Our time up north here is too fast drawing to a close. While for most of our vacation we’ve kept to ourselves, only socializing with our next-door northern neighbors. Hanging out at the cabin or walking the beach has been like a balm, but lately we’ve become restless. We needed a field trip. Something more exciting than picking up groceries at Meijer’s or going to the Brimley post office for stamps. To this end, we launched ourselves on a mini one-day, hour-plus road trip to Seney National Wildlife Preserve.

A front had come through. Bringing with it cold and blustery weather. Weather perfect for venturing into a swamp. The day before, we had spied the pictured sun halo. A halo around the sun is a fairly common phenomenon. It is typically caused when there are very high, very thin clouds. These clouds, being so high in the sky, are made from ice crystals. Since high clouds typically proceed unsettled weather, it is said a halo around the sun means rain is on the way.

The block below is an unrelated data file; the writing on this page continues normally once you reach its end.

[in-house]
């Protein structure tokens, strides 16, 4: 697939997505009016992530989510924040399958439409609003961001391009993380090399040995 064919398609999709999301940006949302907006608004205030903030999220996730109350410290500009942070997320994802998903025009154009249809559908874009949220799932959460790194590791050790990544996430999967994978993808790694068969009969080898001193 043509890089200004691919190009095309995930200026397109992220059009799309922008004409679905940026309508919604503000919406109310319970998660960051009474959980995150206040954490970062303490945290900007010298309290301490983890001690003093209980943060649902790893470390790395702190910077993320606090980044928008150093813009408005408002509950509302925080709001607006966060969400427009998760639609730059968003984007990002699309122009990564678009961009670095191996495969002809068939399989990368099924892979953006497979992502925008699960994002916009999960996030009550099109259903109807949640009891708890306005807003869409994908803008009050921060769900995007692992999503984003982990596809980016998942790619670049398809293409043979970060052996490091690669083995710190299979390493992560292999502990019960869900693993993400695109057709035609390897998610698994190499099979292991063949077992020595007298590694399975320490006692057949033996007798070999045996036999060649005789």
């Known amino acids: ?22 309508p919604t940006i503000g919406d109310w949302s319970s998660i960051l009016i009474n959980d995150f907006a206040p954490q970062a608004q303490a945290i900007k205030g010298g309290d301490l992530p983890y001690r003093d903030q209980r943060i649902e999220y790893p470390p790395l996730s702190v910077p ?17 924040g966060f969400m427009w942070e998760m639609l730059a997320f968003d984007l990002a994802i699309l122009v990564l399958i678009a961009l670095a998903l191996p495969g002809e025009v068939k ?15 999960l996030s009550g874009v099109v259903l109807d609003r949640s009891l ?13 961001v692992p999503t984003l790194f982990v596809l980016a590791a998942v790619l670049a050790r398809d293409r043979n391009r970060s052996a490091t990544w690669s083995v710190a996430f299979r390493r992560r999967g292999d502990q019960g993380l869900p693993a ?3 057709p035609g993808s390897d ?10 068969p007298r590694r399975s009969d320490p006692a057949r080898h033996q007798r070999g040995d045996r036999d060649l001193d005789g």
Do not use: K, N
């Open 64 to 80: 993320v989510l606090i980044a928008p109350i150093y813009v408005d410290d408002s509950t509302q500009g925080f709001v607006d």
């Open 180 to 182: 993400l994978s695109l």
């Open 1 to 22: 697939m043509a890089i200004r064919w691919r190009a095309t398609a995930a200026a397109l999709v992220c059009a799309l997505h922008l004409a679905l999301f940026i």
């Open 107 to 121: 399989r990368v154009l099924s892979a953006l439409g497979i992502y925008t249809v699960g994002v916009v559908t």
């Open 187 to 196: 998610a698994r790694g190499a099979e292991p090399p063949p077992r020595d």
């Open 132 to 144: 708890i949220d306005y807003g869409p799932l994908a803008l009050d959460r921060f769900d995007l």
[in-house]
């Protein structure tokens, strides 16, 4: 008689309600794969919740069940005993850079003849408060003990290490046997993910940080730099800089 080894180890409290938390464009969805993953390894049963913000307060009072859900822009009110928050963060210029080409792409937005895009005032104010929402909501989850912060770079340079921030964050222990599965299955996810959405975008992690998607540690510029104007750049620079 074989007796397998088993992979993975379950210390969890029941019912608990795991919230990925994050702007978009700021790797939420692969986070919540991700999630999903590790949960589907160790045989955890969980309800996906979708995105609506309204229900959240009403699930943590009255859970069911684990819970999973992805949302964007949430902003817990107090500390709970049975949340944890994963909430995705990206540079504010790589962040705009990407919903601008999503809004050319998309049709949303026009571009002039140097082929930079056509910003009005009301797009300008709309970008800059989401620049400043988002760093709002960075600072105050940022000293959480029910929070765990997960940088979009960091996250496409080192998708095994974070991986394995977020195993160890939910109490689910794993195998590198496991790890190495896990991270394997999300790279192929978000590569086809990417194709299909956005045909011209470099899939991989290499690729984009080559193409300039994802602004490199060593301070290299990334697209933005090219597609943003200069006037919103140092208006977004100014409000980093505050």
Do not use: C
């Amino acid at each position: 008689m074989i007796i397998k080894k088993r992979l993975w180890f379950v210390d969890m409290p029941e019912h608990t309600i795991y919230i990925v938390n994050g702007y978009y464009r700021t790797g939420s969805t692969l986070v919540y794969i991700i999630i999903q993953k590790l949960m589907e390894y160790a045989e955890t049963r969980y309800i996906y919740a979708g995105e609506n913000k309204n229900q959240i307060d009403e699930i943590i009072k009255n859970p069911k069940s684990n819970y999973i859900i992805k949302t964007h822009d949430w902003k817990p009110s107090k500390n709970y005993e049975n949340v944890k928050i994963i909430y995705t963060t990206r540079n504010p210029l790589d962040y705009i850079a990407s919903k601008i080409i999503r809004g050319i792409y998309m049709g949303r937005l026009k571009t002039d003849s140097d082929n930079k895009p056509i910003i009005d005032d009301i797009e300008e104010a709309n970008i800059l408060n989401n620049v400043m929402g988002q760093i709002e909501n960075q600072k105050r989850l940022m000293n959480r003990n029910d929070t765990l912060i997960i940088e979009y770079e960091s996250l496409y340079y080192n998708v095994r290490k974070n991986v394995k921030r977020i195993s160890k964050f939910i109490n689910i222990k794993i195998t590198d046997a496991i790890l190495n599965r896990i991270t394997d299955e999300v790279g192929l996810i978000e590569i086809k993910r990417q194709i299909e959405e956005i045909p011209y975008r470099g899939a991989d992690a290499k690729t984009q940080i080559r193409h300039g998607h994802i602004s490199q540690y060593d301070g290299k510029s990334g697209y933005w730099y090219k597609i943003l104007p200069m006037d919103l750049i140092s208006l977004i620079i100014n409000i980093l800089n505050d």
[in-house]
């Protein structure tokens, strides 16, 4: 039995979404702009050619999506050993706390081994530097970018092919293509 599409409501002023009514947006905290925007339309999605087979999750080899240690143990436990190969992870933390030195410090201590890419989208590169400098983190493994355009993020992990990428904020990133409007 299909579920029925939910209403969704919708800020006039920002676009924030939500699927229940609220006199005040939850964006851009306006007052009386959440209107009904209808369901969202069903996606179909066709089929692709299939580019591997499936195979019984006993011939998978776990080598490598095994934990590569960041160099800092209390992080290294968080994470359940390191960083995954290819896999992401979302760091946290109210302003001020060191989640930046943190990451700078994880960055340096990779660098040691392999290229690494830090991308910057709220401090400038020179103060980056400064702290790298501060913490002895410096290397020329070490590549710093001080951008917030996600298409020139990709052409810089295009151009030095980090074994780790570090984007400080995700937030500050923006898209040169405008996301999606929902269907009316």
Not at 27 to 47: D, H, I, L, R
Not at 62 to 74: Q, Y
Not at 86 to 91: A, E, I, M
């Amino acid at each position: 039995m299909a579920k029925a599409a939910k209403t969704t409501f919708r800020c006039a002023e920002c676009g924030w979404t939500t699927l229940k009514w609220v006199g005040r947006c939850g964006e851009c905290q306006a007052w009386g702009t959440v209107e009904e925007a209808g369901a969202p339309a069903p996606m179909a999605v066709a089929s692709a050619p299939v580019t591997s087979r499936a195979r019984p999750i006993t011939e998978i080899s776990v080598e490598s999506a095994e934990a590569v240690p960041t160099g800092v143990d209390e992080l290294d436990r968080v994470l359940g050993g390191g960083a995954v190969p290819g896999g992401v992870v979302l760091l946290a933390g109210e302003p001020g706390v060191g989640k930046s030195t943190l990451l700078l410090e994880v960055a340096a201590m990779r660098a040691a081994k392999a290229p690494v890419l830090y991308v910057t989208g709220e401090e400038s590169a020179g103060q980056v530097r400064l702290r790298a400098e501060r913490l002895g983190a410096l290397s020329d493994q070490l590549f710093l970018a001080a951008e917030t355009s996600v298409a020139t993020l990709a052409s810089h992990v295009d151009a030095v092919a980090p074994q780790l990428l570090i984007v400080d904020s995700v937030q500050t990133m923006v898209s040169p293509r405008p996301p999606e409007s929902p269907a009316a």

I was once tasked with calculating the infrared signature of one of these crystals, using radar cross-section calculating tools. Hey, it’s all part of the same spectrum! My boss had promised this work to a local professor who was more into weather than stealth. Like so many other things at work, I never heard back on this job. Anyway it gave me an insight into why a sun halo always have a 22 degree radius. It’s the diffraction angle of these hexagonal ice prisms.

We launched early for Seney, at least early for us. We had the satellite radio tuned to the Sixties station. “Phlash” Phelps, our favorite DJ was on-air. As part of his show, he always features a mystery town of the day and asks listeners to guess where it is. This day’s town was in honor of the actor Wilford Brimley, who has just passed. Hints included that it is on the shore of Lake Superior and is near the Soo Locks. The fact that we were driving through Brimley as this was on the radio made it more exciting and easier to guess.

We did eventually make it to Seney and saw and photographed lots of wildlife, but I think that this is enough for now. This way I can milk this field trip for at least one more post. Besides an extra day will give me enough time for a more accurate bird count. Think of this drawn out tabulating of results as training for the election in November. Today just happens to be Election Day both here in Michigan and in Missouri.